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Trampoline reviews

Do nets and padding make modern trampolines any safer than the models of the past?
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We review 12 trampolines, priced from $179 to $985.

We've tested each model for:

  • safety
  • impact testing
  • potential strangulation and/or limb entrapment
  • ease of use, and
  • jumping performance.

Read more about How we test, and the Brands and models tested.

Trampolines are a fun way to exercise and help to develop co-ordination, balance and motor skills. However, they need to be used appropriately as they are also the cause of many injuries to children. Injuries can occur when children fall off or hit the side of the trampoline, impact one another or sustain injuries from double bounce. 

Younger children are at risk as they can wander underneath and get hit when someone bounces above them. Injuries can include cuts, bruises, sprains and fractures and the most severe risks include injuries to the child’s brain and spine. Trampolines require regular inspection and maintenance and children should always be supervised when using one. For more information, see our tips for using a trampoline.

In this test, 12 trampolines were tested to the Australian Standard 4989:2006 which focuses on requirements for the safety padding and suspension of trampolines as well as information about product marking and detailed instruction material. This test was conducted by an external laboratory who we consider to be the best equipped and most expert lab in this field in Australia.

What are the stats?

Product Safety Australia says hundreds of children are taken to hospital in Australia every year for trampoline-related injuries, ranging from cuts and bruises to more serious sprains and fractures.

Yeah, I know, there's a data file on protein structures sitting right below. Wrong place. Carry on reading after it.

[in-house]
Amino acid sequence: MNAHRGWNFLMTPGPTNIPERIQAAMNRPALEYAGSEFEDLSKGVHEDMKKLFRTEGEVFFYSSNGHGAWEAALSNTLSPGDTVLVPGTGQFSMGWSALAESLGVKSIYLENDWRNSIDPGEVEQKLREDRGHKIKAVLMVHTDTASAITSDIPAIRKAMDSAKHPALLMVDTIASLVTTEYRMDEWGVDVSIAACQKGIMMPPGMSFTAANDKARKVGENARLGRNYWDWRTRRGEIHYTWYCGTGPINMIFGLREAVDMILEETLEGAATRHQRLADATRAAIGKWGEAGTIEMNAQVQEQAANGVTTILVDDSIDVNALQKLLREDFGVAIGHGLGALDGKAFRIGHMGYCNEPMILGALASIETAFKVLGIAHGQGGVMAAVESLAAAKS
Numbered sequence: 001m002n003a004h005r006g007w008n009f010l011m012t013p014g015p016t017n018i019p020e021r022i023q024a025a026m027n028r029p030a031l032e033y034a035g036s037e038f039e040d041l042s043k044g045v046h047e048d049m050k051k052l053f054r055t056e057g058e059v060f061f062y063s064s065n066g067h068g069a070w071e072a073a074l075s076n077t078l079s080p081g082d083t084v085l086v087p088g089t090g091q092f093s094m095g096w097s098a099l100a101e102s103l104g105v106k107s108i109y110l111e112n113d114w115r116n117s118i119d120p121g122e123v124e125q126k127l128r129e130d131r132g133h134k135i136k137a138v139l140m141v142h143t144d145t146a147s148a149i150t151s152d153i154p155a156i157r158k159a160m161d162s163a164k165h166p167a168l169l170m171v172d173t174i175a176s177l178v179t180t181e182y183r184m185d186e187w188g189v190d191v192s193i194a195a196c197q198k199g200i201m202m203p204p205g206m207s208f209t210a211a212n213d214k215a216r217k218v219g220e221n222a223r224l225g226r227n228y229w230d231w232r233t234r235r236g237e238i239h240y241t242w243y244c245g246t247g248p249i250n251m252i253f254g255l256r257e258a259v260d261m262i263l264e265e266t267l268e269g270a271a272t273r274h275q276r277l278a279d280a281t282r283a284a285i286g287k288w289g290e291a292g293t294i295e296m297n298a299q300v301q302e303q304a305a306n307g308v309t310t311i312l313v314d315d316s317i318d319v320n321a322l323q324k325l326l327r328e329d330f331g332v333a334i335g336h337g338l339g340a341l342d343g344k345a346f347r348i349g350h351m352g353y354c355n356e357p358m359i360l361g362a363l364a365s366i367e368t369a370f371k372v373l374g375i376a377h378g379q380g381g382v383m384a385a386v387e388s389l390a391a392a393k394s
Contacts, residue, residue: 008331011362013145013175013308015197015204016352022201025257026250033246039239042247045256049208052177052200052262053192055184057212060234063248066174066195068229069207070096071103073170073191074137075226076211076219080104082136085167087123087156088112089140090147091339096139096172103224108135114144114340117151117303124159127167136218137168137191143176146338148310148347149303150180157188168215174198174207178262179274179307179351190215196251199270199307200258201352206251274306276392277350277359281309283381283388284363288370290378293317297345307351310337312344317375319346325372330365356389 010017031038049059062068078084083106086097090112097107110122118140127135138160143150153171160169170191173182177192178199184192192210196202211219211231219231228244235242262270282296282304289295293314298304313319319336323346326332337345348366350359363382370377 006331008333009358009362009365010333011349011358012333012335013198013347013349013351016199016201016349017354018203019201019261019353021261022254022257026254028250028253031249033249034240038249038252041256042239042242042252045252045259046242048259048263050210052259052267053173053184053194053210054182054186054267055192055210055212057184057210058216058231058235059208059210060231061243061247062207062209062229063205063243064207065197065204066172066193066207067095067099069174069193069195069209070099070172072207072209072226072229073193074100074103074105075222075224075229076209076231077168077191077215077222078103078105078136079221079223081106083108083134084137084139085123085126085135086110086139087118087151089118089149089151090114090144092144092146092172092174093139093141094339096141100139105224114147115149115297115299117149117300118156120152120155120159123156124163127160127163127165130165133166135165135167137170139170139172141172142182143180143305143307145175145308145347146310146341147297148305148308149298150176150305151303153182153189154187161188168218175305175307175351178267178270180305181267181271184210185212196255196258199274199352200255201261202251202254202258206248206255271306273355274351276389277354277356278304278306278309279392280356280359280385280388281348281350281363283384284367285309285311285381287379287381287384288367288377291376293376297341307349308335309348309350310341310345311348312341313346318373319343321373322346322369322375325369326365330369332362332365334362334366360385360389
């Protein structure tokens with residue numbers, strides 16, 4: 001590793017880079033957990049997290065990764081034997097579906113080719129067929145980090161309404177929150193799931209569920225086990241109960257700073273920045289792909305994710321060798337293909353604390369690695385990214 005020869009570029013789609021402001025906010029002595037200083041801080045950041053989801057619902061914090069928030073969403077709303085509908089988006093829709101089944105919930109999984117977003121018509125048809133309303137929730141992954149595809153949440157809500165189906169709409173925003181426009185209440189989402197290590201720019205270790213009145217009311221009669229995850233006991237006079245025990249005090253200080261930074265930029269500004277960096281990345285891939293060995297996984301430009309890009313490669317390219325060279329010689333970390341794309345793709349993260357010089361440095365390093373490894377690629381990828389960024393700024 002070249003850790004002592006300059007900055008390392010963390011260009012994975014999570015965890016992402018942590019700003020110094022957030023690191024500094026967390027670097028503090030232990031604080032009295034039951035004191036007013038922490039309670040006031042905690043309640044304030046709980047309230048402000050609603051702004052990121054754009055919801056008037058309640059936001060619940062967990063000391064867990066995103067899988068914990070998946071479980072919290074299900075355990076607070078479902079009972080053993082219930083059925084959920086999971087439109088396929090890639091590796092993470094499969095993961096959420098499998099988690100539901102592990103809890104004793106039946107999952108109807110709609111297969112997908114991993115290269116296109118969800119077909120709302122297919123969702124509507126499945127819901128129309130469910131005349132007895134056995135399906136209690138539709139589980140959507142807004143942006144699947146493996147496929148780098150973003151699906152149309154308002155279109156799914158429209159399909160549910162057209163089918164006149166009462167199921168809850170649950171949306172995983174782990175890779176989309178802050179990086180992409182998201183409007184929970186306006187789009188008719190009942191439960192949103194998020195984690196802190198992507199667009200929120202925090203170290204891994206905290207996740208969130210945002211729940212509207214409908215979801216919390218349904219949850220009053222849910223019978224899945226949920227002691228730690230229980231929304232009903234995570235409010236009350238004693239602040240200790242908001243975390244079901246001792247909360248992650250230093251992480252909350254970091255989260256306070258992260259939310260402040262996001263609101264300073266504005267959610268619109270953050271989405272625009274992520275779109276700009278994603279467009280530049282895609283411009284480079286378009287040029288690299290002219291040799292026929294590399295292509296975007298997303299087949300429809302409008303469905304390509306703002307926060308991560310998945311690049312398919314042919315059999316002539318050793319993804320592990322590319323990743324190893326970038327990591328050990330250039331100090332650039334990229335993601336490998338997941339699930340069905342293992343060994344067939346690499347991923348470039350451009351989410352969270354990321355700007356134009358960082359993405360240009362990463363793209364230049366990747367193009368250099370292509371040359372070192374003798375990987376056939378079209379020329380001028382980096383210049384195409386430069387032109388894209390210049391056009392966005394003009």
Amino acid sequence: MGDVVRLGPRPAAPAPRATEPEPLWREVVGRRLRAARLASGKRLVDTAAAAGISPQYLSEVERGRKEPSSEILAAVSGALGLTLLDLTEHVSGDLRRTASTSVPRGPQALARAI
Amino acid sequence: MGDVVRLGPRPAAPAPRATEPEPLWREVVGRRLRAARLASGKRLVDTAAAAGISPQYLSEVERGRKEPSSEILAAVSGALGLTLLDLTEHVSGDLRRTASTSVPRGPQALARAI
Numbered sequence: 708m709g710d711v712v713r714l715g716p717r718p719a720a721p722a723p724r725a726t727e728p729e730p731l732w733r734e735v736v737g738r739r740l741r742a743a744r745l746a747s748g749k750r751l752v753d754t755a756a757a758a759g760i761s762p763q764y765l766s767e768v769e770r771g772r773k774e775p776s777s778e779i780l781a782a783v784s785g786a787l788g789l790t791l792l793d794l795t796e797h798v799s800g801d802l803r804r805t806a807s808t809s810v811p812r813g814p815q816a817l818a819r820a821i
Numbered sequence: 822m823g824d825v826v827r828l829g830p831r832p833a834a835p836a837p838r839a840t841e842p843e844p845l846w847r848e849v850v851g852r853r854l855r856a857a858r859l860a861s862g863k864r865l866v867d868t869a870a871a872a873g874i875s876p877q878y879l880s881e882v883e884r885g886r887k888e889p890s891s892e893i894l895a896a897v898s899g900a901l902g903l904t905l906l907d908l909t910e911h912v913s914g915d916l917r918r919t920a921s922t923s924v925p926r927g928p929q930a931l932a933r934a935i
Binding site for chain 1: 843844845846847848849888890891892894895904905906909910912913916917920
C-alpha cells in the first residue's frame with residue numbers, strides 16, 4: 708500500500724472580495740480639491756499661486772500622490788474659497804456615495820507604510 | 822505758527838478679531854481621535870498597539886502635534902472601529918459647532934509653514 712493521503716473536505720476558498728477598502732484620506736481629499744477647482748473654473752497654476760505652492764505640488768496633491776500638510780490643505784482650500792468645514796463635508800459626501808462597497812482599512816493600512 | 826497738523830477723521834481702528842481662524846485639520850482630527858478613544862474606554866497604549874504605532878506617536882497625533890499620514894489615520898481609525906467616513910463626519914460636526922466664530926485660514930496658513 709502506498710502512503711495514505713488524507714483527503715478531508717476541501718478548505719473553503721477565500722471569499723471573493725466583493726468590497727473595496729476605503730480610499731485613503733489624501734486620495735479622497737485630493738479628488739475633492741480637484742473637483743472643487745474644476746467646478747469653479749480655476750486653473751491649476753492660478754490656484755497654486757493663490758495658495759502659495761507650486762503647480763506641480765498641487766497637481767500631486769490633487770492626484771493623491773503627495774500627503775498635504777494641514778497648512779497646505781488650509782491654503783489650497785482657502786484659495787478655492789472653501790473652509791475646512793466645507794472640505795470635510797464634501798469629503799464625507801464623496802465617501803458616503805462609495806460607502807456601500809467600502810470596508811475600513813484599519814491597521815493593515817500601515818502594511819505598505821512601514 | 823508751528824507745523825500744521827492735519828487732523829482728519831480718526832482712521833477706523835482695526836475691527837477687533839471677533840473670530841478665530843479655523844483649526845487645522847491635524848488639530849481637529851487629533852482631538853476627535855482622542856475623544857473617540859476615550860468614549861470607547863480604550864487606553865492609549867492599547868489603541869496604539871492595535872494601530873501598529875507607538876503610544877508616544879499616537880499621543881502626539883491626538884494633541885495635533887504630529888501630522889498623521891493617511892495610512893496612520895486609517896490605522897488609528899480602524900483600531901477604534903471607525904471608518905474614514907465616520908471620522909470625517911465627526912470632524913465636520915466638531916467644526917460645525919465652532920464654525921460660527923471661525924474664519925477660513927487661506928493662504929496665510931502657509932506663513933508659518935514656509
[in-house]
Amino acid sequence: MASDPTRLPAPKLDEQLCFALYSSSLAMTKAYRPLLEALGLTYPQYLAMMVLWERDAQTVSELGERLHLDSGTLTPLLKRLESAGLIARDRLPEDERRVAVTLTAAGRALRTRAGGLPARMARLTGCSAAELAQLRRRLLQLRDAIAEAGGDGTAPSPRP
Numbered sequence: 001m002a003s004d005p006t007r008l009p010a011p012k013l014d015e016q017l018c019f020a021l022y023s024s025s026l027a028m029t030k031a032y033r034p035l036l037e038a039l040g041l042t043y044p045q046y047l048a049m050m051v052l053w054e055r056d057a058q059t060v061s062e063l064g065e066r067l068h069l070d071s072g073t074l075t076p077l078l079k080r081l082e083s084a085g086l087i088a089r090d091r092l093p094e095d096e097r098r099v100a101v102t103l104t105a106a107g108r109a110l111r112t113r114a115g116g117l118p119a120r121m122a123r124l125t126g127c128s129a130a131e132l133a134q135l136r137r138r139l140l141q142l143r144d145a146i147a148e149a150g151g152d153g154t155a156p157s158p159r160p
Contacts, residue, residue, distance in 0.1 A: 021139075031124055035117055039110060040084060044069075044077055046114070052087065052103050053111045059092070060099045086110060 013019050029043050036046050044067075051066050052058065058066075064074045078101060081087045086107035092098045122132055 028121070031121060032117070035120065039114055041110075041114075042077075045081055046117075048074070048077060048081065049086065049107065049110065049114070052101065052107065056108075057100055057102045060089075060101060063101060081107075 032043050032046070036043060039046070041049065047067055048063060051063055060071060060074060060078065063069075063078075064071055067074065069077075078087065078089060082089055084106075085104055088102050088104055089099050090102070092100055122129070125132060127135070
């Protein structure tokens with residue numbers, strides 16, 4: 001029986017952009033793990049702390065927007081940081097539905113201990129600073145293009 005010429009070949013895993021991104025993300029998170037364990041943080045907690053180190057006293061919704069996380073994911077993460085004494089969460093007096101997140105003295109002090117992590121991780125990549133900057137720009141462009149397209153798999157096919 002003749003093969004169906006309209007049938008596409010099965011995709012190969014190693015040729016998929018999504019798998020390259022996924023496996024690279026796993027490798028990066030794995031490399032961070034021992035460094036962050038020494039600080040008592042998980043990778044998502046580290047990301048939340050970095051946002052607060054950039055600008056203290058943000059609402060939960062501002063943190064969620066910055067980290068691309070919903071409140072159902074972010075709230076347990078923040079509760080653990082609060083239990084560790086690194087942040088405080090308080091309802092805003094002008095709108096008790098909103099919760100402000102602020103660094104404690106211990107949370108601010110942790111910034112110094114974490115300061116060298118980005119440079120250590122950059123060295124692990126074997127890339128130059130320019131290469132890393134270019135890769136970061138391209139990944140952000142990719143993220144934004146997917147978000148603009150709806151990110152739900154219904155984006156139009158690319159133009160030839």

• In a 2007 baseline study of consumer product-related injuries conducted by ACCESS Economics it was estimated that there were 9006 accidents involving trampolines, 11% of which required hospitalisation.
  • In NSW, Westmead Children’s Hospital reported 86 trampoline-related injuries in 2005 which almost doubled to 153 injuries in 2008.
  • In Victoria, the Monash University Accident Research Centre (MUARC) reported 7813 hospital-treated trampoline injuries between mid-2002 and mid-2007, with 79% of these caused by falls. Other causes were collisions with people or objects and cuts and wounds. 
  • Trampolines rank as the second biggest cause of hospital-treated injuries on play equipment, just behind monkey bars.

In 2010 the NSW Government called for a review of the existing voluntary Australian Standard AS 4989:2006 and the development of further requirements that take into consideration safety net enclosures and the integrity of trampoline frames. This review is now currently underway.

The Australian Standard

The Australian Standard 4989:2006 is only voluntary. So while we expect manufacturers to strive to meet this standard they are not required by law to do so. The main performance test conducted is a shock test which involves dropping a 4.6 kg hemispherical headform from 1.5 metres and measuring the severity of the shock as it strikes the padding system or soft-edge system.

This is an assessment of the padding system of the trampoline and so is conducted without the safety net assembled. In the Australian Standard this test measures injury potential to the child’s brain (it doesn’t indicate injury potential to other parts of the child’s body). Failure means that in the case of a fall there’s an unacceptable risk for potential injury to the child’s brain, so we consider this to be a major safety concern. 

This test is based on a worst-case scenario – that the trampoline will be used without the safety enclosure. We believe that if a product can be assembled wrongly or incompletely, then chances are that a consumer will do it no matter what the instructions say. If this wrong assembly leads to a less safe product, manufacturers should design the product in a way that rules out wrong assembly. We take this worst-case scenario approach with other safety testing (like cots for example).

Most trampolines now come with a safety net or enclosure and we strongly recommend you only use a trampoline with a net or enclosure installed. This is a safety precaution and aims to prevent children falling off the trampoline and also to absorb the impact of any potential falls before the child reaches the padding.